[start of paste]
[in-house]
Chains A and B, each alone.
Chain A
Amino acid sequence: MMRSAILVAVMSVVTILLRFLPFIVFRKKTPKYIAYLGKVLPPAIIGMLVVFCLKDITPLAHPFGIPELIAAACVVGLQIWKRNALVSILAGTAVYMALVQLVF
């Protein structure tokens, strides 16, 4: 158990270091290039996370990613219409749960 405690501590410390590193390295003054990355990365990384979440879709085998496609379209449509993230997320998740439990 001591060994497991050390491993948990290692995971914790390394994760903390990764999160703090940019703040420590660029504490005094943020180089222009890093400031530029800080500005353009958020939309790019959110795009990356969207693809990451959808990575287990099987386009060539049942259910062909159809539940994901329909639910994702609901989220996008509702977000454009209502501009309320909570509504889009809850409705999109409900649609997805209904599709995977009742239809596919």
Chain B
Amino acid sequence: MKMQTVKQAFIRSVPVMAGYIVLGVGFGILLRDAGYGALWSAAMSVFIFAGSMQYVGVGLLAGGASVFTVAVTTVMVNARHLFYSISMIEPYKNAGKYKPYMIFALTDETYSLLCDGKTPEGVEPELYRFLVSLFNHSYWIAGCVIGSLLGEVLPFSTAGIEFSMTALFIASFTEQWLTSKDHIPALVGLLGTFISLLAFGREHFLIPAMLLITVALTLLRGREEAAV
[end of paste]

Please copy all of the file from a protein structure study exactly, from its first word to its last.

[in-house]
Chains A and B, each alone.
Chain A
Amino acid sequence: MMRSAILVAVMSVVTILLRFLPFIVFRKKTPKYIAYLGKVLPPAIIGMLVVFCLKDITPLAHPFGIPELIAAACVVGLQIWKRNALVSILAGTAVYMALVQLVF
């Protein structure tokens, strides 16, 4: 158990270091290039996370990613219409749960 405690501590410390590193390295003054990355990365990384979440879709085998496609379209449509993230997320998740439990 001591060994497991050390491993948990290692995971914790390394994760903390990764999160703090940019703040420590660029504490005094943020180089222009890093400031530029800080500005353009958020939309790019959110795009990356969207693809990451959808990575287990099987386009060539049942259910062909159809539940994901329909639910994702609901989220996008509702977000454009209502501009309320909570509504889009809850409705999109409900649609997805209904599709995977009742239809596919």
Chain B
Amino acid sequence: MKMQTVKQAFIRSVPVMAGYIVLGVGFGILLRDAGYGALWSAAMSVFIFAGSMQYVGVGLLAGGASVFTVAVTTVMVNARHLFYSISMIEPYKNAGKYKPYMIFALTDETYSLLCDGKTPEGVEPELYRFLVSLFNHSYWIAGCVIGSLLGEVLPFSTAGIEFSMTALFIASFTEQWLTSKDHIPALVGLLGTFISLLAFGREHFLIPAMLLITVALTLLRGREEAAV